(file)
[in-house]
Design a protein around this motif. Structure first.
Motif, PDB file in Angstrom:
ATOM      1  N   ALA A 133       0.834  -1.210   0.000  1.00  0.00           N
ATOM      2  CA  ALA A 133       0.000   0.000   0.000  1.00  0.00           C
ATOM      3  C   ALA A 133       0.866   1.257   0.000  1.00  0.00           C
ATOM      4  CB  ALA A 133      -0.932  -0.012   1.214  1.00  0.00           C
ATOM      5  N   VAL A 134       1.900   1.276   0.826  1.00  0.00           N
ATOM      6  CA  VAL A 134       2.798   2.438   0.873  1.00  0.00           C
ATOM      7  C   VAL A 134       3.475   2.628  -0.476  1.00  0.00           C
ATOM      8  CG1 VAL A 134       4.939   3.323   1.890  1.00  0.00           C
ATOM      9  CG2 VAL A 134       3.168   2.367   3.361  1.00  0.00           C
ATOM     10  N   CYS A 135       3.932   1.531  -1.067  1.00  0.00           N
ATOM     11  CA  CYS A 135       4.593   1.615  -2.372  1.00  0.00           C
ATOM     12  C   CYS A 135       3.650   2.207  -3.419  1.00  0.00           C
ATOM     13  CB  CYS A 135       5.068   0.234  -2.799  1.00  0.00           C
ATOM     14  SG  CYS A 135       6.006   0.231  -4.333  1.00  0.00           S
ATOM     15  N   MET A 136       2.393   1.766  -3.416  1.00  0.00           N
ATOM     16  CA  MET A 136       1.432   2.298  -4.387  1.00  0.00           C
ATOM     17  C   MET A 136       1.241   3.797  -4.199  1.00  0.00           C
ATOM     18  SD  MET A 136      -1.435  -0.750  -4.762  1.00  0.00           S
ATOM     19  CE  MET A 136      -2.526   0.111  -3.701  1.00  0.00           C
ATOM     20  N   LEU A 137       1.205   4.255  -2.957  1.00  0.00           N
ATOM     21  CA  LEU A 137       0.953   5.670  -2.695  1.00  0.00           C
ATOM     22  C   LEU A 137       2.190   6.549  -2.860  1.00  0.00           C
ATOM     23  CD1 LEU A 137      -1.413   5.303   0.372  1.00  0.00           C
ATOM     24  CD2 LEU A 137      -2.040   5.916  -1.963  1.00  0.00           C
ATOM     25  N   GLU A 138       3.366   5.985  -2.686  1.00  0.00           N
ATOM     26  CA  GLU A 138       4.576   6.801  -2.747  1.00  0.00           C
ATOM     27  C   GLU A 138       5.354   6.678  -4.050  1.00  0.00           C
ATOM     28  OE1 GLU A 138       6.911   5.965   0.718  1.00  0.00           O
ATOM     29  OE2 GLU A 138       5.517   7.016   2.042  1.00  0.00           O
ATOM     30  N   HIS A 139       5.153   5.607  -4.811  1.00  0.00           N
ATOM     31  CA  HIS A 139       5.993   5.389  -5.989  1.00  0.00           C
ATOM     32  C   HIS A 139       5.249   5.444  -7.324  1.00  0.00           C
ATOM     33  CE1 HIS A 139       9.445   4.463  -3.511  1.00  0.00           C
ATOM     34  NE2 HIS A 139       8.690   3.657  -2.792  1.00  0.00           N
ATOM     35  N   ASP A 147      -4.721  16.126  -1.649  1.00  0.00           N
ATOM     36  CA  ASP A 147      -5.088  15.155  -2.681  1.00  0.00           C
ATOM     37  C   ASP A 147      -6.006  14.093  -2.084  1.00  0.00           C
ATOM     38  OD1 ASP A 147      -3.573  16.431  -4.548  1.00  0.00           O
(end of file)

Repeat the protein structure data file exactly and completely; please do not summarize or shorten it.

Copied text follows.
[in-house]
Design a protein around this motif. Structure first.
Motif, PDB file in Angstrom:
ATOM      1  N   ALA A 133       0.834  -1.210   0.000  1.00  0.00           N
ATOM      2  CA  ALA A 133       0.000   0.000   0.000  1.00  0.00           C
ATOM      3  C   ALA A 133       0.866   1.257   0.000  1.00  0.00           C
ATOM      4  CB  ALA A 133      -0.932  -0.012   1.214  1.00  0.00           C
ATOM      5  N   VAL A 134       1.900   1.276   0.826  1.00  0.00           N
ATOM      6  CA  VAL A 134       2.798   2.438   0.873  1.00  0.00           C
ATOM      7  C   VAL A 134       3.475   2.628  -0.476  1.00  0.00           C
ATOM      8  CG1 VAL A 134       4.939   3.323   1.890  1.00  0.00           C
ATOM      9  CG2 VAL A 134       3.168   2.367   3.361  1.00  0.00           C
ATOM     10  N   CYS A 135       3.932   1.531  -1.067  1.00  0.00           N
ATOM     11  CA  CYS A 135       4.593   1.615  -2.372  1.00  0.00           C
ATOM     12  C   CYS A 135       3.650   2.207  -3.419  1.00  0.00           C
ATOM     13  CB  CYS A 135       5.068   0.234  -2.799  1.00  0.00           C
ATOM     14  SG  CYS A 135       6.006   0.231  -4.333  1.00  0.00           S
ATOM     15  N   MET A 136       2.393   1.766  -3.416  1.00  0.00           N
ATOM     16  CA  MET A 136       1.432   2.298  -4.387  1.00  0.00           C
ATOM     17  C   MET A 136       1.241   3.797  -4.199  1.00  0.00           C
ATOM     18  SD  MET A 136      -1.435  -0.750  -4.762  1.00  0.00           S
ATOM     19  CE  MET A 136      -2.526   0.111  -3.701  1.00  0.00           C
ATOM     20  N   LEU A 137       1.205   4.255  -2.957  1.00  0.00           N
ATOM     21  CA  LEU A 137       0.953   5.670  -2.695  1.00  0.00           C
ATOM     22  C   LEU A 137       2.190   6.549  -2.860  1.00  0.00           C
ATOM     23  CD1 LEU A 137      -1.413   5.303   0.372  1.00  0.00           C
ATOM     24  CD2 LEU A 137      -2.040   5.916  -1.963  1.00  0.00           C
ATOM     25  N   GLU A 138       3.366   5.985  -2.686  1.00  0.00           N
ATOM     26  CA  GLU A 138       4.576   6.801  -2.747  1.00  0.00           C
ATOM     27  C   GLU A 138       5.354   6.678  -4.050  1.00  0.00           C
ATOM     28  OE1 GLU A 138       6.911   5.965   0.718  1.00  0.00           O
ATOM     29  OE2 GLU A 138       5.517   7.016   2.042  1.00  0.00           O
ATOM     30  N   HIS A 139       5.153   5.607  -4.811  1.00  0.00           N
ATOM     31  CA  HIS A 139       5.993   5.389  -5.989  1.00  0.00           C
ATOM     32  C   HIS A 139       5.249   5.444  -7.324  1.00  0.00           C
ATOM     33  CE1 HIS A 139       9.445   4.463  -3.511  1.00  0.00           C
ATOM     34  NE2 HIS A 139       8.690   3.657  -2.792  1.00  0.00           N
ATOM     35  N   ASP A 147      -4.721  16.126  -1.649  1.00  0.00           N
ATOM     36  CA  ASP A 147      -5.088  15.155  -2.681  1.00  0.00           C
ATOM     37  C   ASP A 147      -6.006  14.093  -2.084  1.00  0.00           C
ATOM     38  OD1 ASP A 147      -3.573  16.431  -4.548  1.00  0.00           O